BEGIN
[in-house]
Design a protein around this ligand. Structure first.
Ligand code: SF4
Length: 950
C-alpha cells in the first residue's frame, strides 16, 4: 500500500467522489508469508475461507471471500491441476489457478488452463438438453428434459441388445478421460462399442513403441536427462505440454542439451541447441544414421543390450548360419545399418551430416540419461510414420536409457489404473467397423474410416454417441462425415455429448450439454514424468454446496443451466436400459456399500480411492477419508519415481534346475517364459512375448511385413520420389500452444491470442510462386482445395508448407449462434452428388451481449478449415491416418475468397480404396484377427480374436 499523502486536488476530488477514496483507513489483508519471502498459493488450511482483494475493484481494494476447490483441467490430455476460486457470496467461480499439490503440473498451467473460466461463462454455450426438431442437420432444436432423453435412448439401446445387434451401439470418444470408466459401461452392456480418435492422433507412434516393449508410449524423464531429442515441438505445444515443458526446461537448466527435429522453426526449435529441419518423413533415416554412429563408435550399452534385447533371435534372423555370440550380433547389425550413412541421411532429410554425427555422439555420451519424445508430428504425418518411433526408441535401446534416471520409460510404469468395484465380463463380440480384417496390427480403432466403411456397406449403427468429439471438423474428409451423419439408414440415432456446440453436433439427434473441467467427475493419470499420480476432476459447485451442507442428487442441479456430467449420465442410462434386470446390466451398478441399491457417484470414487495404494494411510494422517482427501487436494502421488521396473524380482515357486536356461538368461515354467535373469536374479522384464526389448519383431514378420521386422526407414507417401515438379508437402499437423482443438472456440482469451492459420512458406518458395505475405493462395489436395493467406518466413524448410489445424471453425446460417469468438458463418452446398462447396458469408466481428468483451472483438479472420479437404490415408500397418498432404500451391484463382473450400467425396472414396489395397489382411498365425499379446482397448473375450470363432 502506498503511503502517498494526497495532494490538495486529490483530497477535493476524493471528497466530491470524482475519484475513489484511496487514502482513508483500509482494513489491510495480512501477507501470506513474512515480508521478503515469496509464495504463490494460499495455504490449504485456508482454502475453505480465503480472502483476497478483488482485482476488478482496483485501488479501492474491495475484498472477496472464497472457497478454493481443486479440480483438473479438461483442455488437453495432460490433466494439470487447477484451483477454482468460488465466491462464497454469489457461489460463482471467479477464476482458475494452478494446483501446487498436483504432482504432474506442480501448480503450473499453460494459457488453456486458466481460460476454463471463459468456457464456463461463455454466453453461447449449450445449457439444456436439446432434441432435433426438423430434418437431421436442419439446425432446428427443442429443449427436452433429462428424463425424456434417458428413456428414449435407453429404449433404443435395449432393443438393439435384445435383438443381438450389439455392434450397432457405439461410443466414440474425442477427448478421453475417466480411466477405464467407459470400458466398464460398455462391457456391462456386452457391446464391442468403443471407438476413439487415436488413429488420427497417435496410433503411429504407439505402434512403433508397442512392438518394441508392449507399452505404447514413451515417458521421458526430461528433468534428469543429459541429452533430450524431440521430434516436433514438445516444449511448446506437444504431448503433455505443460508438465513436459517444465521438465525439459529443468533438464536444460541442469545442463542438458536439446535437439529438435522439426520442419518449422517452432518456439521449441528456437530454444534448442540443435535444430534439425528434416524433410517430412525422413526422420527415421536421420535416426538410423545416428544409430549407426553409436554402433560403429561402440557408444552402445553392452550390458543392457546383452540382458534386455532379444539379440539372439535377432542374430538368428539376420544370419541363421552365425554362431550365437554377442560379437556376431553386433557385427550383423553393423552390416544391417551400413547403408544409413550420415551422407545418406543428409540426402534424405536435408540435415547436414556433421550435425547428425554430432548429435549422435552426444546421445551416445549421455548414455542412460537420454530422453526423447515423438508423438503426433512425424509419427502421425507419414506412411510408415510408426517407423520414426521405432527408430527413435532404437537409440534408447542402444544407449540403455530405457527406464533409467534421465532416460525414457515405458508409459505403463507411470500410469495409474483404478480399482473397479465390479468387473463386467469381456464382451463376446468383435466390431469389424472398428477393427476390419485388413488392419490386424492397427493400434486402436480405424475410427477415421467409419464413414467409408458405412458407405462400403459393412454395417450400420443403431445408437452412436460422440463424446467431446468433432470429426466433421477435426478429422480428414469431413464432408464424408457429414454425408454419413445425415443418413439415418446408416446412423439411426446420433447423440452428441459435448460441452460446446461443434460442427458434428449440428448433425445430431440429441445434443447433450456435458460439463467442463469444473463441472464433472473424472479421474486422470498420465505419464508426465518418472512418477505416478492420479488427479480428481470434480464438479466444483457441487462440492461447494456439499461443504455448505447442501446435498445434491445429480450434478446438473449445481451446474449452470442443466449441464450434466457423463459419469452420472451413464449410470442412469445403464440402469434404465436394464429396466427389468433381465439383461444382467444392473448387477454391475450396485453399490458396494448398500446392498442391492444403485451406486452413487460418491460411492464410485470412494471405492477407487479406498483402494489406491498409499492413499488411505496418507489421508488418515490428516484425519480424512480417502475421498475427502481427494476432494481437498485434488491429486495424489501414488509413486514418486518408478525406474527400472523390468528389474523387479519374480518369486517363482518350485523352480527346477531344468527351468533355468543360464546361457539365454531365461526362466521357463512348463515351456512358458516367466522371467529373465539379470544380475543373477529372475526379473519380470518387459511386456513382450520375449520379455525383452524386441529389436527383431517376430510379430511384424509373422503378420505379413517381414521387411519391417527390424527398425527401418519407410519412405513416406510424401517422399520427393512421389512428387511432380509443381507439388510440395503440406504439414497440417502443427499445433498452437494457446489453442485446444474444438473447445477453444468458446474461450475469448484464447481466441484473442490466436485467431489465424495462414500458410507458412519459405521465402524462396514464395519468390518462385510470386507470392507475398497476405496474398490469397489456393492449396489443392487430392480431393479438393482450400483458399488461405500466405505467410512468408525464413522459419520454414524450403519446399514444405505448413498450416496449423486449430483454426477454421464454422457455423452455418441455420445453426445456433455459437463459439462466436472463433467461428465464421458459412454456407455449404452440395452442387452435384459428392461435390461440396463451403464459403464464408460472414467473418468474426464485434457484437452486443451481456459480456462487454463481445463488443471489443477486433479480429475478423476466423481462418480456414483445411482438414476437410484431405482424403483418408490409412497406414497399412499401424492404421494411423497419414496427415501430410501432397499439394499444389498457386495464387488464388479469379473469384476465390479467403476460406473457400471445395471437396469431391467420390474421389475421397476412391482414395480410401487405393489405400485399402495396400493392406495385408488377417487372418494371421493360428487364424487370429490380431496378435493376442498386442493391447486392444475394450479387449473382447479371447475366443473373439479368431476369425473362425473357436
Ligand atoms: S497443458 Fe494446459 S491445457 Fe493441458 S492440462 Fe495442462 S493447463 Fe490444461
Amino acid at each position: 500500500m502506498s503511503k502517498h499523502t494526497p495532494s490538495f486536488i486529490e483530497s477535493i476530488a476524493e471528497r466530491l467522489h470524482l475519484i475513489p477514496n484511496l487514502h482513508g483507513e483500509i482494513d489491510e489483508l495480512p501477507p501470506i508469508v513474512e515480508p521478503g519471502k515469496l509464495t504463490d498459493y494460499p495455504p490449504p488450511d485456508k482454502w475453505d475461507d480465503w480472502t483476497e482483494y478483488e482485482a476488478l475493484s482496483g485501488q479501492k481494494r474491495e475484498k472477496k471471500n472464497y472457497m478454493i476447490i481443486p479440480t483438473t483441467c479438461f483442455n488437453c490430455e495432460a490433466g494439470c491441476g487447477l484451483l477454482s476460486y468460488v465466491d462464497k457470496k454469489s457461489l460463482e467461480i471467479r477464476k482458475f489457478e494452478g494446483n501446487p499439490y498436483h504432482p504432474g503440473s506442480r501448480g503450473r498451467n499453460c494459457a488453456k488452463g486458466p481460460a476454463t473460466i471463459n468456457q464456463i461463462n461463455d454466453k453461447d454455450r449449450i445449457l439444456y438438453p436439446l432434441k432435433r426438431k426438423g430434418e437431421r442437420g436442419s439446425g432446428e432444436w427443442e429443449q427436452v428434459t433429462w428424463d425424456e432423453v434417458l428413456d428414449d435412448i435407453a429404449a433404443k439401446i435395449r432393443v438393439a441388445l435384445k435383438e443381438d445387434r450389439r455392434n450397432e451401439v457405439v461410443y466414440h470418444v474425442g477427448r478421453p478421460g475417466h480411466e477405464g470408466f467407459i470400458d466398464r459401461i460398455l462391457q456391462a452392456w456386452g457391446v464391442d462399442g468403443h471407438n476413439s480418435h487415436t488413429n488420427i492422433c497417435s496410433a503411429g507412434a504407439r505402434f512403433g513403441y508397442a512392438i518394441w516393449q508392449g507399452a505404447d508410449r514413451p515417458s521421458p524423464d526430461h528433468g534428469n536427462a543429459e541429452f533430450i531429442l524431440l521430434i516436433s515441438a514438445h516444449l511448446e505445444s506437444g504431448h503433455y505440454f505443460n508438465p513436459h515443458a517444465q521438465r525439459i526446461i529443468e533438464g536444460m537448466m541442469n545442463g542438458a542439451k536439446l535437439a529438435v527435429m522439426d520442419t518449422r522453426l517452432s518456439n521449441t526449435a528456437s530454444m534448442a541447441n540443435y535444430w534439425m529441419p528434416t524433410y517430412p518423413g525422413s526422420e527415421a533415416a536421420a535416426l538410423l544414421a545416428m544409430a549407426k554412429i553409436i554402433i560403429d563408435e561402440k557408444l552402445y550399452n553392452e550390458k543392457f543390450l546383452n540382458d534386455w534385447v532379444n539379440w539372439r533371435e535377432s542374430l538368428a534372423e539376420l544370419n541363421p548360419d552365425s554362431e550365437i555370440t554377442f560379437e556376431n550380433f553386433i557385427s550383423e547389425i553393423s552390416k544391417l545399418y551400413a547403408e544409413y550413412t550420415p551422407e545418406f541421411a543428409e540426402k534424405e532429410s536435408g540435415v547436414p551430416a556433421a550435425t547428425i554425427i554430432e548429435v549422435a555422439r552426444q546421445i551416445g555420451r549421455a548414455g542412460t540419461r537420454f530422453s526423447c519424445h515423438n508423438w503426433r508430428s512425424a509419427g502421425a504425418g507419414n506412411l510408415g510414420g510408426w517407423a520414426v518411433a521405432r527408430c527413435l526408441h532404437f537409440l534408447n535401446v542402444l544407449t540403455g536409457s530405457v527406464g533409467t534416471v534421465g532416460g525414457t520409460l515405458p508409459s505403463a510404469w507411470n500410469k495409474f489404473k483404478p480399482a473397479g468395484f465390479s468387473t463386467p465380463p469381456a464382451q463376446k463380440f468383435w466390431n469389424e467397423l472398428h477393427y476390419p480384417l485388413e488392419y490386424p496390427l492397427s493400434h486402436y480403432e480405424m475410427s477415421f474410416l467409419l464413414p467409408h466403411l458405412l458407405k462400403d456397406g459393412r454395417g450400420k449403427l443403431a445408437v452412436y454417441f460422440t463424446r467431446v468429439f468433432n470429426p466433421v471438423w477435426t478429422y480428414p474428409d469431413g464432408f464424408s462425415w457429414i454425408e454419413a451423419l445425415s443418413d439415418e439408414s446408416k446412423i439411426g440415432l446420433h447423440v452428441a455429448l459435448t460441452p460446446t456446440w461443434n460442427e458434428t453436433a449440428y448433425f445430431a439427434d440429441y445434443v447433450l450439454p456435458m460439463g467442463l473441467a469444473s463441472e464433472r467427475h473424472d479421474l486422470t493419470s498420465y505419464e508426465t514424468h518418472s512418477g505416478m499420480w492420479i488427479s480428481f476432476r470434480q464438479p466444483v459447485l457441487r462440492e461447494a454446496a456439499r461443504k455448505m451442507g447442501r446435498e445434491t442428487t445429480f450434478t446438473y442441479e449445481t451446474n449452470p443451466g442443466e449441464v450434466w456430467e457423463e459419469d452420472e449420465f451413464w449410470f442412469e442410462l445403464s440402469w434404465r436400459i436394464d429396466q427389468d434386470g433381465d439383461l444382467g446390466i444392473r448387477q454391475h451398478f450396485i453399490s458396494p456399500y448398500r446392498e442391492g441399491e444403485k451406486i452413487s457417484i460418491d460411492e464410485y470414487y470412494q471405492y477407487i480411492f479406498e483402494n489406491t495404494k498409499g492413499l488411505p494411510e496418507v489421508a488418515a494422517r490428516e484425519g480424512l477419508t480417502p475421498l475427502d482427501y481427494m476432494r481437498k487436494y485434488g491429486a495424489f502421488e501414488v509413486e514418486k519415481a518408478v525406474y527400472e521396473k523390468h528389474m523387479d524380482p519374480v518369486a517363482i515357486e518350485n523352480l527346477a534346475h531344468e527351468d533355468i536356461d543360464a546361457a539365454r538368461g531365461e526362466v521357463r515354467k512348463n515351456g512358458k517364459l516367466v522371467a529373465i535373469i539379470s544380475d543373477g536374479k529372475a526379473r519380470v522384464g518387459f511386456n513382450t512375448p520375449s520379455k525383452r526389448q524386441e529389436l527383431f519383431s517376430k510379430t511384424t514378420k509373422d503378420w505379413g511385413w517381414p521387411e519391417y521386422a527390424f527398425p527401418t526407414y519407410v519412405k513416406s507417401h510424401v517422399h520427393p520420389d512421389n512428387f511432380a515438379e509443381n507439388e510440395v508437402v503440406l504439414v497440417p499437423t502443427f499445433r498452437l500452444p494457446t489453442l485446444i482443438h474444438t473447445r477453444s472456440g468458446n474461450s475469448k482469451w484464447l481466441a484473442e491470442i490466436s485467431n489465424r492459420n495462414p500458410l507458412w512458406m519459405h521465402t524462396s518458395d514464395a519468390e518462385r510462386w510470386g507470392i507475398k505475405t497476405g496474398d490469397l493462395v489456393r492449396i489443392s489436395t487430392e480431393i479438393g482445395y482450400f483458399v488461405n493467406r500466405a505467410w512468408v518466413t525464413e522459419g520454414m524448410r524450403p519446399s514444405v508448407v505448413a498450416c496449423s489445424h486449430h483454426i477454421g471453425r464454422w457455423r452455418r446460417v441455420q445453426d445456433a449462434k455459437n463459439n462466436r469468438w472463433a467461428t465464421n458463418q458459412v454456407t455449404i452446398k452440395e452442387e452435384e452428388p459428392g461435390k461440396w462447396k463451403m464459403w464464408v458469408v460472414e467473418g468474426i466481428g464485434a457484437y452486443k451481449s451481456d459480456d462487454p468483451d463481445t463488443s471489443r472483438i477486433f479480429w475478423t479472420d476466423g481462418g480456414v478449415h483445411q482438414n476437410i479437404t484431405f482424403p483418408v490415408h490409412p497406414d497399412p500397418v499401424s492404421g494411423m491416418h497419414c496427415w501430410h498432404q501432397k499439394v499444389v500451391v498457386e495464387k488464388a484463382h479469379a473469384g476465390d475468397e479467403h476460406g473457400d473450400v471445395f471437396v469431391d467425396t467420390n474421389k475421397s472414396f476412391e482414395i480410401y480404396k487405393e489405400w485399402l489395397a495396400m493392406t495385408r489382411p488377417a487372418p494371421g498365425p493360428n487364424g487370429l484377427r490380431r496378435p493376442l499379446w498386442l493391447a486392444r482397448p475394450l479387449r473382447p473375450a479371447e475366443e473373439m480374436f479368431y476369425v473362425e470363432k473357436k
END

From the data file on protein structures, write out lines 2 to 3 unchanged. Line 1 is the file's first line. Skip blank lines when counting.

Design a protein around this ligand. Structure first.
Ligand code: SF4